NPR logo Detroit Marathon Deaths A Stunning Result


Detroit Marathon Deaths A Stunning Result

Ask virtually anyone who's run a marathon and they'll tell you how physically stressful it is to run 26.2 miles all at once.

Which is why many runners decide to do half marathons.

So the deaths of three runners who ran a half marathon during Sunday's Detroit Free Press/Flagstar Marathon is likely to give pause to more than a few people interested in running the 13.1 mile distance.

It's also nothing short of bizarre for three runners to collapse and die in short order as they did Sunday in the Detroit marathon. Indeed, while deaths do happen in long-distance running events, a race can go years without a death.

The last time a runner died in the Detroit race was 15 years ago.

The Detroit Free Press reports that three men, ages 26, 36 and 65, died within minutes of each other near or at the finish line.

The Freep reports:

It had been a chilly, but buoyant morning. And then tragedy hit at 9:02 a.m.

That's when Daniel Langdon, 36, of Laingsburg collapsed on Michigan Avenue between the 11- and 12-mile markers as he ran Sunday in the Detroit Free Press/Flagstar Marathon, according to Rich Harshbarger, vice president of consumer marketing for the Detroit Media Partnership, which handles business operations for the Free Press and Detroit News.

Fifteen minutes later, at 9:17 a.m, 65-year-old Rick Brown of Marietta, Ohio, collapsed near where Langdon went down, Harshbarger said.

And then Jon Fenlon, 26, of Waterford collapsed at about 9:18 a.m., just after finishing the half-marathon in 1:53:37, Harshbarger said.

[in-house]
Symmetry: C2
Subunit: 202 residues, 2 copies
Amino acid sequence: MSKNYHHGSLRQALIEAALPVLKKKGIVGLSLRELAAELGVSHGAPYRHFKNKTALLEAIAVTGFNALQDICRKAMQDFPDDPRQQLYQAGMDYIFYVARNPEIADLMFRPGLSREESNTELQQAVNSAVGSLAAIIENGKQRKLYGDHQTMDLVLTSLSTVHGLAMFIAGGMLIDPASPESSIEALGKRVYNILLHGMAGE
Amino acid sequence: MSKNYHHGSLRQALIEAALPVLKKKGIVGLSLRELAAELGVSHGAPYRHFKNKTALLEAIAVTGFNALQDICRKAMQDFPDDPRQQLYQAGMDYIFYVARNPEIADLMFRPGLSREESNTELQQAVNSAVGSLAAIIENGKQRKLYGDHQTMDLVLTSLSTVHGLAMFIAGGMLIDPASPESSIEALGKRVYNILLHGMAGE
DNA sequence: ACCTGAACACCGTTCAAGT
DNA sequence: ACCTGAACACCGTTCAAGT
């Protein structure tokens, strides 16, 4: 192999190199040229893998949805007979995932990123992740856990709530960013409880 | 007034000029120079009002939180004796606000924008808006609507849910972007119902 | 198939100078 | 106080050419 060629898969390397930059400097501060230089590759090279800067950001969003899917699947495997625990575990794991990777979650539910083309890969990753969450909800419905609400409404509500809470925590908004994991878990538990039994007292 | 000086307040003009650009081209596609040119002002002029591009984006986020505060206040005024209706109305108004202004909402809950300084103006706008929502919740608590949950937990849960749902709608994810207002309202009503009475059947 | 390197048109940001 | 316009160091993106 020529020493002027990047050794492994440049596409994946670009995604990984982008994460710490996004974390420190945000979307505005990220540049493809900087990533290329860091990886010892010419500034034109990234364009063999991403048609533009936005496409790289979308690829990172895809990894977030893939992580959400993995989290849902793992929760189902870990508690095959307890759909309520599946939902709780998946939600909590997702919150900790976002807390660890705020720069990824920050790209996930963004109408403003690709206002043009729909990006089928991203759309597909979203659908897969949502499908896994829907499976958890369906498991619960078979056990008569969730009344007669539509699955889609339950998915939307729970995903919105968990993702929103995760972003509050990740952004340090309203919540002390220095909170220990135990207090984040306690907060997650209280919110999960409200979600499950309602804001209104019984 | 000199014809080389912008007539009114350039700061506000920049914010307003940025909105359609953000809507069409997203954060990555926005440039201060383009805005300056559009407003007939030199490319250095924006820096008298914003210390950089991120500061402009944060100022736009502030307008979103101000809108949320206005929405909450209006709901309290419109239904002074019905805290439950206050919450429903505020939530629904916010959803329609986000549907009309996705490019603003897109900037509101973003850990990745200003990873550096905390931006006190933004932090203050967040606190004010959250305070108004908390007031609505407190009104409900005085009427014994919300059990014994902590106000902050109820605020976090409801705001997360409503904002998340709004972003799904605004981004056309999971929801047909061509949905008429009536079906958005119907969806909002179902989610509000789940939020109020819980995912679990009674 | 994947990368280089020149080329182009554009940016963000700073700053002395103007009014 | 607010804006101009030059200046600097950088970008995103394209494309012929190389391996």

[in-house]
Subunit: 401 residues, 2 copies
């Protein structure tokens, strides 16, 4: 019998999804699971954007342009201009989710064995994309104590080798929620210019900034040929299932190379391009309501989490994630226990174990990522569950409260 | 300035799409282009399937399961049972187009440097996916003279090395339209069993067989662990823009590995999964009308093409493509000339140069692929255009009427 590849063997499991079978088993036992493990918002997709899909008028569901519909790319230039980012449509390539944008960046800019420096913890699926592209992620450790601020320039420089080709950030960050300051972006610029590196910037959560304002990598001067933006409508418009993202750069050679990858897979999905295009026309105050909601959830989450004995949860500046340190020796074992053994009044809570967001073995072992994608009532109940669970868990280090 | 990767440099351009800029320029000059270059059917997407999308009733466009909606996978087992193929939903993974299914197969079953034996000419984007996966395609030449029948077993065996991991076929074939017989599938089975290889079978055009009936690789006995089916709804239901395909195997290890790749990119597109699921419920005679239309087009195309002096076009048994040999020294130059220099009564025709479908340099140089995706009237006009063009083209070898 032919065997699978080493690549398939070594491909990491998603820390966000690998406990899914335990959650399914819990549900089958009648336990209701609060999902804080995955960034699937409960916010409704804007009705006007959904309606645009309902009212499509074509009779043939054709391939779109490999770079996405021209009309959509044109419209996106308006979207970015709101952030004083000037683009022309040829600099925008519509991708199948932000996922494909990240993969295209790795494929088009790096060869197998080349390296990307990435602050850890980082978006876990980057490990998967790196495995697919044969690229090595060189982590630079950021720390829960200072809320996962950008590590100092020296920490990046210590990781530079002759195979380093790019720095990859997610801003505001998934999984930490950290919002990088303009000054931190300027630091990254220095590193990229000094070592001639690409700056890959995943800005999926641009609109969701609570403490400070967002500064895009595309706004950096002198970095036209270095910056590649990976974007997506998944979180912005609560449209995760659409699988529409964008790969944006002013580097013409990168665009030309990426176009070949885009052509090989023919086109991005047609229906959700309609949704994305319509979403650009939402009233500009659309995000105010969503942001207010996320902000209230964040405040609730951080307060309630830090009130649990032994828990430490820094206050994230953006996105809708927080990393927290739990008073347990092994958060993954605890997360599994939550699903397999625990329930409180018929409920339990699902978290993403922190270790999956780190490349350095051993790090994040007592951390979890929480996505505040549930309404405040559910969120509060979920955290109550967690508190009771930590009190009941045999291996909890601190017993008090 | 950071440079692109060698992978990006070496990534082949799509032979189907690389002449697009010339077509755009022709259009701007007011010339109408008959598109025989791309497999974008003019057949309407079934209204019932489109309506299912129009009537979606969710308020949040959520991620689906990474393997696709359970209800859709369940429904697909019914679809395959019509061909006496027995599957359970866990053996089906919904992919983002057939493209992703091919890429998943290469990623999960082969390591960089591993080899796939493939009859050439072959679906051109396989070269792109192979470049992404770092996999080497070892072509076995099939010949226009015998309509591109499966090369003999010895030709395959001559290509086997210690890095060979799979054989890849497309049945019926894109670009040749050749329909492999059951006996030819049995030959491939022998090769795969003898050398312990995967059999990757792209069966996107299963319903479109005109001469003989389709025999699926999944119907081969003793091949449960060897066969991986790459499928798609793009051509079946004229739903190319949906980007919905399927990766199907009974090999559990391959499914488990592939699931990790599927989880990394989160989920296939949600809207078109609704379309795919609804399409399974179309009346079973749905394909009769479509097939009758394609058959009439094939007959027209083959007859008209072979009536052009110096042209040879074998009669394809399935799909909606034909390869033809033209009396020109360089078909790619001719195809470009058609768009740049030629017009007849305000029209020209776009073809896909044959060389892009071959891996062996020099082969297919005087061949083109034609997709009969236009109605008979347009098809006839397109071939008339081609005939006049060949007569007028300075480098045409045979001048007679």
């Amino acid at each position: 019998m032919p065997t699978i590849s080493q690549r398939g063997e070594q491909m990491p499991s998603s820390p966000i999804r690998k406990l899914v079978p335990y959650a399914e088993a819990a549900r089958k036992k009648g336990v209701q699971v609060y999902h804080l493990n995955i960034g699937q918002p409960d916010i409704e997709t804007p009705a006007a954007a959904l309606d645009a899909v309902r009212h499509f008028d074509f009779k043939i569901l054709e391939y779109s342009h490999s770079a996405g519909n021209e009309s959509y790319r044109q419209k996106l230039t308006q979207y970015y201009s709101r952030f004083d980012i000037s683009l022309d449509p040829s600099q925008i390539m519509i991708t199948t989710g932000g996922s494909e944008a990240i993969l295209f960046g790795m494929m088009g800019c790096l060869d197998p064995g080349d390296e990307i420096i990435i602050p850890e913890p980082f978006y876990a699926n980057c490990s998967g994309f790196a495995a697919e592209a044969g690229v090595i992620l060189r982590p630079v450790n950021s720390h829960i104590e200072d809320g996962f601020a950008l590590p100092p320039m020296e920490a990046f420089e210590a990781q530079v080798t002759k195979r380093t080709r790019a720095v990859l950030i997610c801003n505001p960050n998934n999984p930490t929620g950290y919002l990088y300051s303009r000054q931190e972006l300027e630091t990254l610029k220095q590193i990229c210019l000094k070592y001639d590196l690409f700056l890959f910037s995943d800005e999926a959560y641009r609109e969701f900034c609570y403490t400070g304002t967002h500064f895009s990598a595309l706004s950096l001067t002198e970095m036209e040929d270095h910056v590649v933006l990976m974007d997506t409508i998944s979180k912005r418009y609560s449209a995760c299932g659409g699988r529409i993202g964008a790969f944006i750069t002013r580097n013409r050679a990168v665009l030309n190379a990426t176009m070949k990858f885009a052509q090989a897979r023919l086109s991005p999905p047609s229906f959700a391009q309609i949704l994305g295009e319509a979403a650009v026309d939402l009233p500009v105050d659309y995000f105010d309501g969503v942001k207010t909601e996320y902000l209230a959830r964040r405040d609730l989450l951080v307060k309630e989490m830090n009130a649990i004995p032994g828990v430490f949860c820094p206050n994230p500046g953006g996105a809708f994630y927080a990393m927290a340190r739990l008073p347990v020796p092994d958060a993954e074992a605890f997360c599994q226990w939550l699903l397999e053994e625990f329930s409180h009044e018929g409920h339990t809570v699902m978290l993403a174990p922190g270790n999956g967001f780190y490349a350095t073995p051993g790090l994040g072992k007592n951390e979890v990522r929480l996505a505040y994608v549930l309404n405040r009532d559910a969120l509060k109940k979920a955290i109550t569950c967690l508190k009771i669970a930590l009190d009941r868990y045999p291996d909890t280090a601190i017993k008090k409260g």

Marathon doctors and race officials said rapid, state-of-the- art resuscitation was provided. There were 14 doctors on the team of more than 60 health workers, said Dr. Jenny Atas, an emergency physician from Detroit Receiving Hospital, who directed the team.

More than 19,000 people were registered to run the Detroit race.

Sunday's deaths were a reminder of the legendary ancient inspiration for the marathon when a messenger ran from the plains of Marathon to Athens to tell the Greeks their army had prevailed over a vastly larger Persian force. According to legend, the messenger died upon delivering his message: "Rejoice, we conquer."

The Des Moines, Iowa marathon which was also run on Sunday, saw a different, and blessedly, more benign stress.

According to the Associated Press, the leaders of that race were delayed for about a minute when they had to wait a minute for freight train to pass.

This experience won't be unfamiliar to many Midwest residents who have mused on the benefits of tunnels and bridges as they sat at the lowered gates at the rail crossing waiting for a lengthy freight train to finally pass.